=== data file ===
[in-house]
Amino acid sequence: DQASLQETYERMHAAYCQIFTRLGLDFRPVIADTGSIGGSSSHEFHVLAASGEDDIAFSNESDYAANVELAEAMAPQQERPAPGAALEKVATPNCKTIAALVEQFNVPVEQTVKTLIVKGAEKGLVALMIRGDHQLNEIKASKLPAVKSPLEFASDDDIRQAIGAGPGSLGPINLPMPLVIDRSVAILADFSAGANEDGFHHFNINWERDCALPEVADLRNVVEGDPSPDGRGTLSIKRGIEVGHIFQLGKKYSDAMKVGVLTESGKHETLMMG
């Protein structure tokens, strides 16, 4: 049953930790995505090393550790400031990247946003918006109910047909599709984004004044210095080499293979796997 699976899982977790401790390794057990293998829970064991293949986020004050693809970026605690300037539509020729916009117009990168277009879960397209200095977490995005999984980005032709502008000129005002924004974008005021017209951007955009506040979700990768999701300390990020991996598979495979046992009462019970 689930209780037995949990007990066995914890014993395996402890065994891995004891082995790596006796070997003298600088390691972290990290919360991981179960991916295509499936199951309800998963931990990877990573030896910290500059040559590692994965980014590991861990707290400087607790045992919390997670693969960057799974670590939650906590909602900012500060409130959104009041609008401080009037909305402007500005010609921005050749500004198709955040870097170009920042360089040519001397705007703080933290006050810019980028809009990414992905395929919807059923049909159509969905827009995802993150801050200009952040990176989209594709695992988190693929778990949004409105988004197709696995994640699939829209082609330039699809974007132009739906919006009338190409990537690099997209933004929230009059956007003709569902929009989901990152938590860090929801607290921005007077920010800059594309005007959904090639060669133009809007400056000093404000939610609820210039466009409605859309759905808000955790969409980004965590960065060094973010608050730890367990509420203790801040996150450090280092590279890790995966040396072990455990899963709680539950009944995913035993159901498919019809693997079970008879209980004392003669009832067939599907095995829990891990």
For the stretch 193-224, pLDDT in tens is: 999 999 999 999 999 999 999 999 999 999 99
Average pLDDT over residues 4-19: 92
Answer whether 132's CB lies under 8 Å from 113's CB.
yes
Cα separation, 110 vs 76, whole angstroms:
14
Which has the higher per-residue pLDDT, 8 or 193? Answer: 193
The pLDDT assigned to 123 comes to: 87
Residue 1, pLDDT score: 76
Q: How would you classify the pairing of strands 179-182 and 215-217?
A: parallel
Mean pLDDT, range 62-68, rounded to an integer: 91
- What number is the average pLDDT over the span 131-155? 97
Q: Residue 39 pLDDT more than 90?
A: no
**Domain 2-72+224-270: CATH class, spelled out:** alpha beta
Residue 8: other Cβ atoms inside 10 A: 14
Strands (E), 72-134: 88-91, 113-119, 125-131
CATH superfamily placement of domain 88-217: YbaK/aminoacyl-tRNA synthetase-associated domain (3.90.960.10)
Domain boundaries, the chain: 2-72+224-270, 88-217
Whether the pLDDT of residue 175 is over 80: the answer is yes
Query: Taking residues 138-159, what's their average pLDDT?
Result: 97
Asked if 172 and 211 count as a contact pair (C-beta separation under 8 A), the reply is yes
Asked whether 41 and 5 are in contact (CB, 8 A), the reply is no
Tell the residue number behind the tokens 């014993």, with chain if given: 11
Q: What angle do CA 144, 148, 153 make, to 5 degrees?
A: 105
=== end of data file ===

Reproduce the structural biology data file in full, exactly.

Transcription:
[in-house]
Amino acid sequence: DQASLQETYERMHAAYCQIFTRLGLDFRPVIADTGSIGGSSSHEFHVLAASGEDDIAFSNESDYAANVELAEAMAPQQERPAPGAALEKVATPNCKTIAALVEQFNVPVEQTVKTLIVKGAEKGLVALMIRGDHQLNEIKASKLPAVKSPLEFASDDDIRQAIGAGPGSLGPINLPMPLVIDRSVAILADFSAGANEDGFHHFNINWERDCALPEVADLRNVVEGDPSPDGRGTLSIKRGIEVGHIFQLGKKYSDAMKVGVLTESGKHETLMMG
């Protein structure tokens, strides 16, 4: 049953930790995505090393550790400031990247946003918006109910047909599709984004004044210095080499293979796997 699976899982977790401790390794057990293998829970064991293949986020004050693809970026605690300037539509020729916009117009990168277009879960397209200095977490995005999984980005032709502008000129005002924004974008005021017209951007955009506040979700990768999701300390990020991996598979495979046992009462019970 689930209780037995949990007990066995914890014993395996402890065994891995004891082995790596006796070997003298600088390691972290990290919360991981179960991916295509499936199951309800998963931990990877990573030896910290500059040559590692994965980014590991861990707290400087607790045992919390997670693969960057799974670590939650906590909602900012500060409130959104009041609008401080009037909305402007500005010609921005050749500004198709955040870097170009920042360089040519001397705007703080933290006050810019980028809009990414992905395929919807059923049909159509969905827009995802993150801050200009952040990176989209594709695992988190693929778990949004409105988004197709696995994640699939829209082609330039699809974007132009739906919006009338190409990537690099997209933004929230009059956007003709569902929009989901990152938590860090929801607290921005007077920010800059594309005007959904090639060669133009809007400056000093404000939610609820210039466009409605859309759905808000955790969409980004965590960065060094973010608050730890367990509420203790801040996150450090280092590279890790995966040396072990455990899963709680539950009944995913035993159901498919019809693997079970008879209980004392003669009832067939599907095995829990891990």
For the stretch 193-224, pLDDT in tens is: 999 999 999 999 999 999 999 999 999 999 99
Average pLDDT over residues 4-19: 92
Answer whether 132's CB lies under 8 Å from 113's CB.
yes
Cα separation, 110 vs 76, whole angstroms:
14
Which has the higher per-residue pLDDT, 8 or 193? Answer: 193
The pLDDT assigned to 123 comes to: 87
Residue 1, pLDDT score: 76
Q: How would you classify the pairing of strands 179-182 and 215-217?
A: parallel
Mean pLDDT, range 62-68, rounded to an integer: 91
- What number is the average pLDDT over the span 131-155? 97
Q: Residue 39 pLDDT more than 90?
A: no
**Domain 2-72+224-270: CATH class, spelled out:** alpha beta
Residue 8: other Cβ atoms inside 10 A: 14
Strands (E), 72-134: 88-91, 113-119, 125-131
CATH superfamily placement of domain 88-217: YbaK/aminoacyl-tRNA synthetase-associated domain (3.90.960.10)
Domain boundaries, the chain: 2-72+224-270, 88-217
Whether the pLDDT of residue 175 is over 80: the answer is yes
Query: Taking residues 138-159, what's their average pLDDT?
Result: 97
Asked if 172 and 211 count as a contact pair (C-beta separation under 8 A), the reply is yes
Asked whether 41 and 5 are in contact (CB, 8 A), the reply is no
Tell the residue number behind the tokens 């014993």, with chain if given: 11
Q: What angle do CA 144, 148, 153 make, to 5 degrees?
A: 105